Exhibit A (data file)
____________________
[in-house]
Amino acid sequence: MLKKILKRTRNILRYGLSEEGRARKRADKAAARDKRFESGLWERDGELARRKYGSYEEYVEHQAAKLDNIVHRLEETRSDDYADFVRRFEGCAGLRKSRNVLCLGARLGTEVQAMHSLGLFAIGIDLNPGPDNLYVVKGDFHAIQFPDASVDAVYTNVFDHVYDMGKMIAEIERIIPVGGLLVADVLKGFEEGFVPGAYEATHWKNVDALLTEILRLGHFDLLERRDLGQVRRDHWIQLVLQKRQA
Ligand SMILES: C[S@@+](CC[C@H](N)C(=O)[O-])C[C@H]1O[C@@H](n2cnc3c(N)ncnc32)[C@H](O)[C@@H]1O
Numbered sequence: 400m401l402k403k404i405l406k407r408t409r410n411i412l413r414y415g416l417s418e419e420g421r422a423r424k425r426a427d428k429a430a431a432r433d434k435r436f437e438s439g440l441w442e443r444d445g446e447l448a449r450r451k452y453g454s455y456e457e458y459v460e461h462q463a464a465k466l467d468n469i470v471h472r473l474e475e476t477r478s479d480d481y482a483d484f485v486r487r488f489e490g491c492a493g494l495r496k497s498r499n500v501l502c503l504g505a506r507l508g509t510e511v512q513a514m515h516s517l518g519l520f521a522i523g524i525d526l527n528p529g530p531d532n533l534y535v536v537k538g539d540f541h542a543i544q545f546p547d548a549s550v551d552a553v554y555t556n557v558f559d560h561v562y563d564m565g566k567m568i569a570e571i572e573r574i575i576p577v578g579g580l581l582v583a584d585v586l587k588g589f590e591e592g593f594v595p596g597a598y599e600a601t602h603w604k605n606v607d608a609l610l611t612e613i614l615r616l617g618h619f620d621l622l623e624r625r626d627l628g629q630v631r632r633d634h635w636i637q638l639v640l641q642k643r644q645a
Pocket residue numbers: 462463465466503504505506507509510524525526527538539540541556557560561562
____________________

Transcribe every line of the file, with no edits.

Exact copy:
[in-house]
Amino acid sequence: MLKKILKRTRNILRYGLSEEGRARKRADKAAARDKRFESGLWERDGELARRKYGSYEEYVEHQAAKLDNIVHRLEETRSDDYADFVRRFEGCAGLRKSRNVLCLGARLGTEVQAMHSLGLFAIGIDLNPGPDNLYVVKGDFHAIQFPDASVDAVYTNVFDHVYDMGKMIAEIERIIPVGGLLVADVLKGFEEGFVPGAYEATHWKNVDALLTEILRLGHFDLLERRDLGQVRRDHWIQLVLQKRQA
Ligand SMILES: C[S@@+](CC[C@H](N)C(=O)[O-])C[C@H]1O[C@@H](n2cnc3c(N)ncnc32)[C@H](O)[C@@H]1O
Numbered sequence: 400m401l402k403k404i405l406k407r408t409r410n411i412l413r414y415g416l417s418e419e420g421r422a423r424k425r426a427d428k429a430a431a432r433d434k435r436f437e438s439g440l441w442e443r444d445g446e447l448a449r450r451k452y453g454s455y456e457e458y459v460e461h462q463a464a465k466l467d468n469i470v471h472r473l474e475e476t477r478s479d480d481y482a483d484f485v486r487r488f489e490g491c492a493g494l495r496k497s498r499n500v501l502c503l504g505a506r507l508g509t510e511v512q513a514m515h516s517l518g519l520f521a522i523g524i525d526l527n528p529g530p531d532n533l534y535v536v537k538g539d540f541h542a543i544q545f546p547d548a549s550v551d552a553v554y555t556n557v558f559d560h561v562y563d564m565g566k567m568i569a570e571i572e573r574i575i576p577v578g579g580l581l582v583a584d585v586l587k588g589f590e591e592g593f594v595p596g597a598y599e600a601t602h603w604k605n606v607d608a609l610l611t612e613i614l615r616l617g618h619f620d621l622l623e624r625r626d627l628g629q630v631r632r633d634h635w636i637q638l639v640l641q642k643r644q645a
Pocket residue numbers: 462463465466503504505506507509510524525526527538539540541556557560561562